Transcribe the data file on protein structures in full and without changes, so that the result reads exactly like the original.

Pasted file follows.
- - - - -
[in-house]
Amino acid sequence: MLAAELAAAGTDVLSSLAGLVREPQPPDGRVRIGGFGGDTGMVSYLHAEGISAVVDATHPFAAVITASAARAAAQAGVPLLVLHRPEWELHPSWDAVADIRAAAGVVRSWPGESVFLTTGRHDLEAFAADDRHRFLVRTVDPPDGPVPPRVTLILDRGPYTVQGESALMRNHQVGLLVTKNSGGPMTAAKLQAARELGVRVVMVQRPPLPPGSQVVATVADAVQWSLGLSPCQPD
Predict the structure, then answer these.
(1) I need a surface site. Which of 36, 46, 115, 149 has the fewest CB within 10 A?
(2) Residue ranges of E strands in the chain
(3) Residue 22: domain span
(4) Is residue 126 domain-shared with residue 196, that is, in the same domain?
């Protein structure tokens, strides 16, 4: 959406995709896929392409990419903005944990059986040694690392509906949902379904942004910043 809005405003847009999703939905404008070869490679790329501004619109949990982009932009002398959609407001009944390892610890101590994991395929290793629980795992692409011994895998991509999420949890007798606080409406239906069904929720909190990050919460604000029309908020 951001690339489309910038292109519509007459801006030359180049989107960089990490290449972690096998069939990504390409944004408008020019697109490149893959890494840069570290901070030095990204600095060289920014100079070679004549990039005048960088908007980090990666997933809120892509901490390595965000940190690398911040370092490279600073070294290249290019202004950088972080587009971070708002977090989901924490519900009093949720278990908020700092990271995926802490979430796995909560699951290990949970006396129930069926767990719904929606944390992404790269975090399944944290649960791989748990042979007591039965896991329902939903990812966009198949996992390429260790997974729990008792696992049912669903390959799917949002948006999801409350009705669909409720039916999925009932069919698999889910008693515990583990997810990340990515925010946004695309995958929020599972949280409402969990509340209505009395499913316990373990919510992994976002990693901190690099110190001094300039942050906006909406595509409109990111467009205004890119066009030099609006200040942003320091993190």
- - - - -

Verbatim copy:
[in-house]
Amino acid sequence: MLAAELAAAGTDVLSSLAGLVREPQPPDGRVRIGGFGGDTGMVSYLHAEGISAVVDATHPFAAVITASAARAAAQAGVPLLVLHRPEWELHPSWDAVADIRAAAGVVRSWPGESVFLTTGRHDLEAFAADDRHRFLVRTVDPPDGPVPPRVTLILDRGPYTVQGESALMRNHQVGLLVTKNSGGPMTAAKLQAARELGVRVVMVQRPPLPPGSQVVATVADAVQWSLGLSPCQPD
Predict the structure, then answer these.
(1) I need a surface site. Which of 36, 46, 115, 149 has the fewest CB within 10 A?
(2) Residue ranges of E strands in the chain
(3) Residue 22: domain span
(4) Is residue 126 domain-shared with residue 196, that is, in the same domain?
């Protein structure tokens, strides 16, 4: 959406995709896929392409990419903005944990059986040694690392509906949902379904942004910043 809005405003847009999703939905404008070869490679790329501004619109949990982009932009002398959609407001009944390892610890101590994991395929290793629980795992692409011994895998991509999420949890007798606080409406239906069904929720909190990050919460604000029309908020 951001690339489309910038292109519509007459801006030359180049989107960089990490290449972690096998069939990504390409944004408008020019697109490149893959890494840069570290901070030095990204600095060289920014100079070679004549990039005048960088908007980090990666997933809120892509901490390595965000940190690398911040370092490279600073070294290249290019202004950088972080587009971070708002977090989901924490519900009093949720278990908020700092990271995926802490979430796995909560699951290990949970006396129930069926767990719904929606944390992404790269975090399944944290649960791989748990042979007591039965896991329902939903990812966009198949996992390429260790997974729990008792696992049912669903390959799917949002948006999801409350009705669909409720039916999925009932069919698999889910008693515990583990997810990340990515925010946004695309995958929020599972949280409402969990509340209505009395499913316990373990919510992994976002990693901190690099110190001094300039942050906006909406595509409109990111467009205004890119066009030099609006200040942003320091993190």